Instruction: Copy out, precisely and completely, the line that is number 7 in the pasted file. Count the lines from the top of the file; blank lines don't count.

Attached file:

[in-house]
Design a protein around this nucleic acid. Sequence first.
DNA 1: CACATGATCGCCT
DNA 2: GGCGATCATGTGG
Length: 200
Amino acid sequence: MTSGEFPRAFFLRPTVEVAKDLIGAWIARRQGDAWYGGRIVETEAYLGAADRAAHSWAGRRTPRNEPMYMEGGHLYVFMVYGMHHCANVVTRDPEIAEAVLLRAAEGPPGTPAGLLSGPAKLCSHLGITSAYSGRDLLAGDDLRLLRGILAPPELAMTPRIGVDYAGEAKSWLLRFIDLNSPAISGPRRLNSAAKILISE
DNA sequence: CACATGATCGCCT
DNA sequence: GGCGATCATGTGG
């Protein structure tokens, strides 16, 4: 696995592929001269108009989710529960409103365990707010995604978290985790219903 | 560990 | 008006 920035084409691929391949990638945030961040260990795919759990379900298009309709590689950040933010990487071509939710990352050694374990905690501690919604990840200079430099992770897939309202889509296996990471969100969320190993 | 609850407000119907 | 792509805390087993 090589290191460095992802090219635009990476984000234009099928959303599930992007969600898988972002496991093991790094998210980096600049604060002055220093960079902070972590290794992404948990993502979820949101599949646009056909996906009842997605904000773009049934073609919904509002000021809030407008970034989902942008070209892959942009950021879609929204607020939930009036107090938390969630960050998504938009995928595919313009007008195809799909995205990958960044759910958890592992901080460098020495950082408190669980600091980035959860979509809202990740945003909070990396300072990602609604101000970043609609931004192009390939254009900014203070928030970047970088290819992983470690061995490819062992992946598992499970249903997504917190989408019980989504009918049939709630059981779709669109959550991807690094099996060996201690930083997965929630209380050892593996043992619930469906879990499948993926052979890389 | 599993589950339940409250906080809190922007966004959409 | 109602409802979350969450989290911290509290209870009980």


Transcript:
DNA sequence: CACATGATCGCCT